It's the ancient shamisen, and it rocks

Plucked from Japanese history, it comes to Towson with Hiromitsu Agatsuma

February 08, 2003|By Cheryl Lu-Lien Tan | Cheryl Lu-Lien Tan,SUN STAFF

The stage is filled with the trappings of a regular rock concert - there are the beams of red, yellow, blue and green flashing through the machine-generated smoke as a drummer, bass guitarist and keyboardist jam away at a thumping number.

There is one key difference, however, and the stark white spotlights are focused upon it. In the hands of band leader Hiromitsu Agatsuma, where there usually would lie a guitar, instead there is a shamisen - the three-stringed traditional Japanese instrument synonymous with geishas and kabuki theater for more than 300 years.

After decades of waning popularity among the younger generation in Japan, the shamisen has made a comeback, but in an altogether different form. Instead of providing melodies for ancient Japanese folk songs and narratives, the shamisen gives musical backbone to bands that dabble in rock, jazz, blues, even disco. Instead of gently plucking at the strings, these new shamisen masters strum aggressively and pound out beats on the instrument.

Agatsuma, 29, is one of Japan's leaders in this new music trend. And tomorrow, as part of his first U.S. tour, he comes to Towson University to share his rocking vision for the nouveau shamisen.

"I want to cast a new beam of light on the shamisen sound," Agatsuma said through a translator during a stopover in New York before heading to Baltimore. "I wanted to give the opportunity to as many people as possible to hear the sound of shamisen firsthand.

"When I am on stage, I feel like I share the same emotions, the same feelings, the same excitement as my predecessors who played this instrument that has been handed down hundreds of years in Japan."

The shamisen, which is 3 to 4 feet long and resembles a banjo, made its first appearance in Japan in the 1600s from China, and it became one of the most important instruments in Japanese classical music.

Players traditionally use a 5-inch-long pick, called a bachi, to strum - and also to bang - on the instrument.

About 100 years ago in northern Japan, a new shamisen - called Tsugaru-shamisen - was born, a hardier version of the instrument made of dog skin instead of the lighter cat skin. Because this shamisen was heavier

and slightly larger, musicians could strum harder and make louder percussive noises. This instrument became popular among buskers and, later, with musicians like Agatsuma.

Paula S. Lawrence, director of performing arts at the Japan Society, which sponsored Agatsuma's U.S. concerts, said this is the first time a rock shamisen band is performing on American soil. She planned the Agatsuma tour - which also takes him to Boston and Connecticut - after hearing a CD of his work more than a year ago.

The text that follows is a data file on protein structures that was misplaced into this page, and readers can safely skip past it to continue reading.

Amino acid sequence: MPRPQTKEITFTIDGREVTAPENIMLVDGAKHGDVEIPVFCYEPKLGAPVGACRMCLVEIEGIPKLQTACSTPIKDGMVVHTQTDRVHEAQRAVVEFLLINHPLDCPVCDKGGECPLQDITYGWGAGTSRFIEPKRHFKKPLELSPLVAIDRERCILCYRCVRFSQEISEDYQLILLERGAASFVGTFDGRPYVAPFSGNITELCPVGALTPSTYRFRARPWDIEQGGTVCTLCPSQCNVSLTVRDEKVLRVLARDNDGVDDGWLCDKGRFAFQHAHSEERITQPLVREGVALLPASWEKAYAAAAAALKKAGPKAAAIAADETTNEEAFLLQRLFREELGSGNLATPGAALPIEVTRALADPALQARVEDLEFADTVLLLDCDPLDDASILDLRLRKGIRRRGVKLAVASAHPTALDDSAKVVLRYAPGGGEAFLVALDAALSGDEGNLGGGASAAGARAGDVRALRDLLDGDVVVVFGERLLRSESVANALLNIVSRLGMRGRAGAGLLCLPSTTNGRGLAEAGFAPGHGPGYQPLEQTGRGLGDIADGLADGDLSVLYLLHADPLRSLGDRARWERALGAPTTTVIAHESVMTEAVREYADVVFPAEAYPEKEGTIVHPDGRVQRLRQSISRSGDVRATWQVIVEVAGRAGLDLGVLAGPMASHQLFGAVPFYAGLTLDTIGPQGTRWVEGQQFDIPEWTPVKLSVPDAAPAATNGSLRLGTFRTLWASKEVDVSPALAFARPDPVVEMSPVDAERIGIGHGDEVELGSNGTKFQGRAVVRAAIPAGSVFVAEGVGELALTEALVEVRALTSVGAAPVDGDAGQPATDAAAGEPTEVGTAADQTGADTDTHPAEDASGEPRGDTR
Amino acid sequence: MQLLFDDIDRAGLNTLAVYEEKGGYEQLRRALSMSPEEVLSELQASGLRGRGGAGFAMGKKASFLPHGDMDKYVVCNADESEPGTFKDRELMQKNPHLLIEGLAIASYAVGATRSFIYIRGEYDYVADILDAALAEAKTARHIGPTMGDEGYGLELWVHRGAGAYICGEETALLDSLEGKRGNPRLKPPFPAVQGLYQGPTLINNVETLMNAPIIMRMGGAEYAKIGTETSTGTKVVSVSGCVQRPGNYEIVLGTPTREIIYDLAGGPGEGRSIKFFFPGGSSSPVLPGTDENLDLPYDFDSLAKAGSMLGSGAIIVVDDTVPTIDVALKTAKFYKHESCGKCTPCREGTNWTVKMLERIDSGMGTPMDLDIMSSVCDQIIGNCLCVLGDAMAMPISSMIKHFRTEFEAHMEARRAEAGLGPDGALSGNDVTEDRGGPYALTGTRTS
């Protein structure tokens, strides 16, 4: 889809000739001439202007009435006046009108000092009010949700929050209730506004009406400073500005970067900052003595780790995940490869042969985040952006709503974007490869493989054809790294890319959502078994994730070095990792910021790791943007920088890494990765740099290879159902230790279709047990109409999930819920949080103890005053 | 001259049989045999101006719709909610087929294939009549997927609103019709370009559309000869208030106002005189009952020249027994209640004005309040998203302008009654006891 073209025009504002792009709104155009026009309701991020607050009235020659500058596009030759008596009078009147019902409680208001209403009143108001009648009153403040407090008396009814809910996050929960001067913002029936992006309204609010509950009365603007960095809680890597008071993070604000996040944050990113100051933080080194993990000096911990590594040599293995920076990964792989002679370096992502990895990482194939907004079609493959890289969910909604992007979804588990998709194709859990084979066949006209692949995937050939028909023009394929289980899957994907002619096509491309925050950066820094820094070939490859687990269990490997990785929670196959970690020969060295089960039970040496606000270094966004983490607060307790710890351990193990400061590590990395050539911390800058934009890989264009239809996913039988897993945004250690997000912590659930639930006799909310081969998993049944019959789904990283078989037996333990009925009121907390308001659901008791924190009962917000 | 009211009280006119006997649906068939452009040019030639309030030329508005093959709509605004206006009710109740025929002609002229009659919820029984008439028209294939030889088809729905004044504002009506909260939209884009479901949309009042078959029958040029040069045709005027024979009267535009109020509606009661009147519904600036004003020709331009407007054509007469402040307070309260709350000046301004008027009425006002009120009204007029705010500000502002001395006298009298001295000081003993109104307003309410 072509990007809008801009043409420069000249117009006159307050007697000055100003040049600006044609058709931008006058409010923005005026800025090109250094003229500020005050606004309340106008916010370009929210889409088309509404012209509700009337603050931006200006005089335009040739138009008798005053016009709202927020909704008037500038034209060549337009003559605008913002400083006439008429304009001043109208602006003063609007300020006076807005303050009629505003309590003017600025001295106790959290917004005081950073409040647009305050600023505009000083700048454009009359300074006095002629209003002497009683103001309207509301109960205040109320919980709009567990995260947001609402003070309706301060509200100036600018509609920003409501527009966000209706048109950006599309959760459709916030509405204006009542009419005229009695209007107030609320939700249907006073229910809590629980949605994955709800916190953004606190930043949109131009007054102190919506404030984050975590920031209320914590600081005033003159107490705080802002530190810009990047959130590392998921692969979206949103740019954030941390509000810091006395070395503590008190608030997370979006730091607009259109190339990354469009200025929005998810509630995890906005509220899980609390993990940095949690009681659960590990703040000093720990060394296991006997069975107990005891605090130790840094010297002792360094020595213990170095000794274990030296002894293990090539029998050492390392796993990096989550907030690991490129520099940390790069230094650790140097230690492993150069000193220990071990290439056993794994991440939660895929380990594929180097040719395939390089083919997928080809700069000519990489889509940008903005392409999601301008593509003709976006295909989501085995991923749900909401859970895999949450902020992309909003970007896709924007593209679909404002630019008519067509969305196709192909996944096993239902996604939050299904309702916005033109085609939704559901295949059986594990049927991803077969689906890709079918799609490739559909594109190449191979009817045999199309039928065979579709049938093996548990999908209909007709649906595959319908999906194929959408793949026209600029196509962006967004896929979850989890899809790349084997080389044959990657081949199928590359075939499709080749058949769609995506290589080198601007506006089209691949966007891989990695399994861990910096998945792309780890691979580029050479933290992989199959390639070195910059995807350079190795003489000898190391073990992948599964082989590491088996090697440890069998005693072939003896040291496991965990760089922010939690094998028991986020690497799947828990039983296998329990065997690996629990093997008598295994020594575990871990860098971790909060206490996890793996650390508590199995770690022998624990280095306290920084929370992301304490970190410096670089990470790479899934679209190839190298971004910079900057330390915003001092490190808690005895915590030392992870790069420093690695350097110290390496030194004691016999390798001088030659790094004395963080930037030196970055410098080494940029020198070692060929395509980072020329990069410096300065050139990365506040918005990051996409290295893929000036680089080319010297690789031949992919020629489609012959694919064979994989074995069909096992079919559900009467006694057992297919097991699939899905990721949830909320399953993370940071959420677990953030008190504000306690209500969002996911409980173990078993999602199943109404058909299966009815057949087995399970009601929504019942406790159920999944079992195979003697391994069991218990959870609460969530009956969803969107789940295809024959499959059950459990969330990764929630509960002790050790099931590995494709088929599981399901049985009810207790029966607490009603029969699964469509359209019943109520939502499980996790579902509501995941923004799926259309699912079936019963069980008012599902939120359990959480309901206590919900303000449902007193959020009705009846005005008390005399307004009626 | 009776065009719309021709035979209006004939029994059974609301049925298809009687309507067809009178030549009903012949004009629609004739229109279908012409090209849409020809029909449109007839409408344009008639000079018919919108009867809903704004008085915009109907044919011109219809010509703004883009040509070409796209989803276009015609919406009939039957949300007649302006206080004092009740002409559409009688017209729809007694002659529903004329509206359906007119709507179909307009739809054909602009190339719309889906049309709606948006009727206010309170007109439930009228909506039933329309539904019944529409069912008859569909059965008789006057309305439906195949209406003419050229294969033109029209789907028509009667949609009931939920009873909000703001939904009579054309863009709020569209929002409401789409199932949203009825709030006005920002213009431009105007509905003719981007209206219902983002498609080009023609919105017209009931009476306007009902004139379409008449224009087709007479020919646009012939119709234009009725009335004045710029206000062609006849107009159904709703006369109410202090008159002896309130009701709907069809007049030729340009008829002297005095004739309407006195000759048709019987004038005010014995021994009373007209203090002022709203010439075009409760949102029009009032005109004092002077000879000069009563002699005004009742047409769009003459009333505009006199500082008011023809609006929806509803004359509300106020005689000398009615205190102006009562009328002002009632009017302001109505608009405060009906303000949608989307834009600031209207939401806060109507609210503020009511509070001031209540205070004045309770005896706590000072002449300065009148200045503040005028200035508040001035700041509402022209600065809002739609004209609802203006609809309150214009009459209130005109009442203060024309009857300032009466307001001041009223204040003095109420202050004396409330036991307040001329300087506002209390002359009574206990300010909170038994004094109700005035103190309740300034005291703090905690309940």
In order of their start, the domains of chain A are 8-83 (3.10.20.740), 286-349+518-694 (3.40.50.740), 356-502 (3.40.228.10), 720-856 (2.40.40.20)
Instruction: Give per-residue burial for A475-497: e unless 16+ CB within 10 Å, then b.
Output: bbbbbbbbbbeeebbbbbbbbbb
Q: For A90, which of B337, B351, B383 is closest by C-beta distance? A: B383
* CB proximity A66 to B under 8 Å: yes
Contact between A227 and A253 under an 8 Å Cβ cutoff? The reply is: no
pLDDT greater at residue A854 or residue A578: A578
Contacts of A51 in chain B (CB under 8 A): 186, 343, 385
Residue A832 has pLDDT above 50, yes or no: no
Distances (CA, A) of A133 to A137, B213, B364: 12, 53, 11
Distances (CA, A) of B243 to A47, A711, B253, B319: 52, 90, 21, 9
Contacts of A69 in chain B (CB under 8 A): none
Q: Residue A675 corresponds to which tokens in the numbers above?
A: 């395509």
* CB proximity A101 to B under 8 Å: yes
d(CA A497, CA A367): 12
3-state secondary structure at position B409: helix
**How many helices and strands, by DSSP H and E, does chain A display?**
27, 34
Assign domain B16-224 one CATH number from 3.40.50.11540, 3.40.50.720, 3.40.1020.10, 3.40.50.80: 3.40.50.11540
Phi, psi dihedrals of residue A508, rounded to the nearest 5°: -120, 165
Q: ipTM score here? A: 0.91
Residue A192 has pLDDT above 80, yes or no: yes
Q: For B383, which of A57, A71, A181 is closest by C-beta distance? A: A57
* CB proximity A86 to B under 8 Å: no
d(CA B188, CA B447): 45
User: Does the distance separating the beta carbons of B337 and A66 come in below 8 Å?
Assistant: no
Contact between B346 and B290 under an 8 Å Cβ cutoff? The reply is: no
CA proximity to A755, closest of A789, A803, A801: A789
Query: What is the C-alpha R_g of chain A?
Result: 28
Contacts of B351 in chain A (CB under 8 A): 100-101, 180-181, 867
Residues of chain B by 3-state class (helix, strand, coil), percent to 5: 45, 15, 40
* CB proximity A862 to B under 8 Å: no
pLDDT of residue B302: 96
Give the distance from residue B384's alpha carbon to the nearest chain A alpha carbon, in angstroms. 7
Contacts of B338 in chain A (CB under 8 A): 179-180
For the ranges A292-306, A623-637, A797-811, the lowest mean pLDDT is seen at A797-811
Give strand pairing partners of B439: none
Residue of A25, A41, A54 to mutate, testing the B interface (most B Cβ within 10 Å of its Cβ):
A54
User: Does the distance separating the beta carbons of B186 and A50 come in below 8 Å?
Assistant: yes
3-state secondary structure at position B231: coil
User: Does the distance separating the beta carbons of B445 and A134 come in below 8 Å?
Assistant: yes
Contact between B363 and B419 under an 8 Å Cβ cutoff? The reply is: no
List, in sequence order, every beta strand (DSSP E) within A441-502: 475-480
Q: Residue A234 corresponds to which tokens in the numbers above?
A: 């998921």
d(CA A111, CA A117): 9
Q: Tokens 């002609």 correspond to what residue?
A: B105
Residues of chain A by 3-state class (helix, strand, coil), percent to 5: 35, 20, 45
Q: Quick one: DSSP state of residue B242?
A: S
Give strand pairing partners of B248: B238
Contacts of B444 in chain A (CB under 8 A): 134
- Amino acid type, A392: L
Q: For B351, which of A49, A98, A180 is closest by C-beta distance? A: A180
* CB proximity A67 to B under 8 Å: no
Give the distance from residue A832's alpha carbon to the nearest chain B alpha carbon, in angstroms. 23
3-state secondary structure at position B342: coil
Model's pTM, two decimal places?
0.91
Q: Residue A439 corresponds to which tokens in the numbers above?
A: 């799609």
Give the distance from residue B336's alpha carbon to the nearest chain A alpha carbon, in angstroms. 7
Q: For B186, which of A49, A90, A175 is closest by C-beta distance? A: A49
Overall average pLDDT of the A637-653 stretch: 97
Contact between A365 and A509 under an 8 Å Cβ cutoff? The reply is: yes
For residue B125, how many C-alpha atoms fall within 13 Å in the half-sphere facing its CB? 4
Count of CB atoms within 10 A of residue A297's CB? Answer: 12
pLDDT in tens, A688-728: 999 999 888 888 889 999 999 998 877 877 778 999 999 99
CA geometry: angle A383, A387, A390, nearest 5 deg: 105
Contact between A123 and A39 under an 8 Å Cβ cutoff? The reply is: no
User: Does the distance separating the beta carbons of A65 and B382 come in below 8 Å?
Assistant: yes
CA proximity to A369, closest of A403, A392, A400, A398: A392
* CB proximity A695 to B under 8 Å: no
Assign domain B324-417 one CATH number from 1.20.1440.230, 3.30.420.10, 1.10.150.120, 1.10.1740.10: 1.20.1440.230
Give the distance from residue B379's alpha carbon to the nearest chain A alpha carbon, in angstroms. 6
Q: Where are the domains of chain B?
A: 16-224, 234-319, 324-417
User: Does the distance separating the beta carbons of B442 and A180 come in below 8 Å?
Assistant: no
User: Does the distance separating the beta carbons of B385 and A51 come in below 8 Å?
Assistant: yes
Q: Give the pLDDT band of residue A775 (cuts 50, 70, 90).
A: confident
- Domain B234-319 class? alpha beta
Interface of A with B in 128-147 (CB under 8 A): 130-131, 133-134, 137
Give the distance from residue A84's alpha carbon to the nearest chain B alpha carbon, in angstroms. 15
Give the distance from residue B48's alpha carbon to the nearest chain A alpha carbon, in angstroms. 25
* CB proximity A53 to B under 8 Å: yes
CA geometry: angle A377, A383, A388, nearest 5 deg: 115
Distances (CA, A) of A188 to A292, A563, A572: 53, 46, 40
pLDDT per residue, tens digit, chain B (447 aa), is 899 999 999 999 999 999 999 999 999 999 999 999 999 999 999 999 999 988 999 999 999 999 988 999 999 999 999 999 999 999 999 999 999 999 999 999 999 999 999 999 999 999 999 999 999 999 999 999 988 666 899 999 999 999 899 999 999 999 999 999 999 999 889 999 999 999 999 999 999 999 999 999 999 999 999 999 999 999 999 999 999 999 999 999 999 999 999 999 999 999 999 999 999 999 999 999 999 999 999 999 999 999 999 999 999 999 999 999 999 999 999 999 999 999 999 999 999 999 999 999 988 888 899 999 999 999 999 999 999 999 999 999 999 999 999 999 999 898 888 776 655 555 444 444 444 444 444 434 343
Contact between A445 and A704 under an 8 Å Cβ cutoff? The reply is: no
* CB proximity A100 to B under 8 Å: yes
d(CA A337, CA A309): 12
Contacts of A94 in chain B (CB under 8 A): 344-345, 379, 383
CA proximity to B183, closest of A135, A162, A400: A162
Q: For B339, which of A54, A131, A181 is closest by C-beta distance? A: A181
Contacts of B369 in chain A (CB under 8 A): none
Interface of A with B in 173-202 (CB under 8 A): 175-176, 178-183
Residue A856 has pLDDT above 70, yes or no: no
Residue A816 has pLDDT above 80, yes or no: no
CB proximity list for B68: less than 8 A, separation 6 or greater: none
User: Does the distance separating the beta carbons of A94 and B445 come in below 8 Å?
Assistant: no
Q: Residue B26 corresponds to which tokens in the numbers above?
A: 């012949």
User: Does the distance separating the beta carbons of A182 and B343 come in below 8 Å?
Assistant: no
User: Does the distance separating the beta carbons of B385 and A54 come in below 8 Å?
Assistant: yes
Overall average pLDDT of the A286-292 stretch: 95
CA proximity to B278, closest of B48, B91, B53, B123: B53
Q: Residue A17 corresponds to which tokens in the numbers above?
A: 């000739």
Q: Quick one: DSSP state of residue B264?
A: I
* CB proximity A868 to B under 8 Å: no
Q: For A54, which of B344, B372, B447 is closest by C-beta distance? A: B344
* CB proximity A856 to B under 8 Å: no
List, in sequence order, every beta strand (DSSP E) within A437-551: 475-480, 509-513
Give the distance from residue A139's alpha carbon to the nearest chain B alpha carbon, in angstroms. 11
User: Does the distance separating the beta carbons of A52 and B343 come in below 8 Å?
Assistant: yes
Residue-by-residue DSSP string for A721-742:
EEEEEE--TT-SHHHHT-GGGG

"I just think it was hearing the beat and the sound and realizing that this is shamisen, which I happen to love in the traditional form," Lawrence said before Agatsuma's New York debut on Thursday. "But this was shamisen in a way that I had never heard before. I was struck by the feeling and the mood and the timbre of the sound."

Agatsuma said that, at first, he didn't envision using the shamisen as a rock instrument. He grew up about 90 minutes north of Tokyo surrounded by the sounds of Tsugaru-shamisen when his father began playing as a hobby. At 6, he began lessons himself and focused on traditional songs and techniques - which didn't exactly make him popular among friends.

"I remember when I was in elementary school, I was teased by classmates for playing an old guy's instrument," he said.

By the time he was 14, however, Agatsuma was winning national competitions. Soon, he was experimenting with ways to better acquaint his friends with his passion. He discovered idols like Eric Clapton and Carlos Santana, branched out of the circle of traditional shamisen players and began jamming with jazz bands, eventually joining a local rock group named Musashi at age 17.

"After World War II, people had an inferiority complex" about traditional Japanese music, Agatsuma said. "They felt that the Western sound was the cool sound, and Musashi among other bands changed that. I joined the band because I really agreed with that."

But Agatsuma didn't gain fame until the release of his first solo album in 2001 - Agatsuma - which blended pop, jazz and rock with classical shamisen sounds. He won the Japan Gold Disc - the country's equivalent of the Grammys - album of the year. Beam, his second album, is available in the United States.

Beyond commercial success, observers of Japanese culture and music are marveling at the impact musicians like Agatsuma have had. Japanese music expert Larry Stockton, chairman of the music department at Lafayette College in Easton, Pa., said teens and twentysomethings in Japan have been inspired by hearing shamisen players like Agatsuma on the radio and television. Many have begun to take shamisen classes or attend kabuki theater as a result of this new interest.

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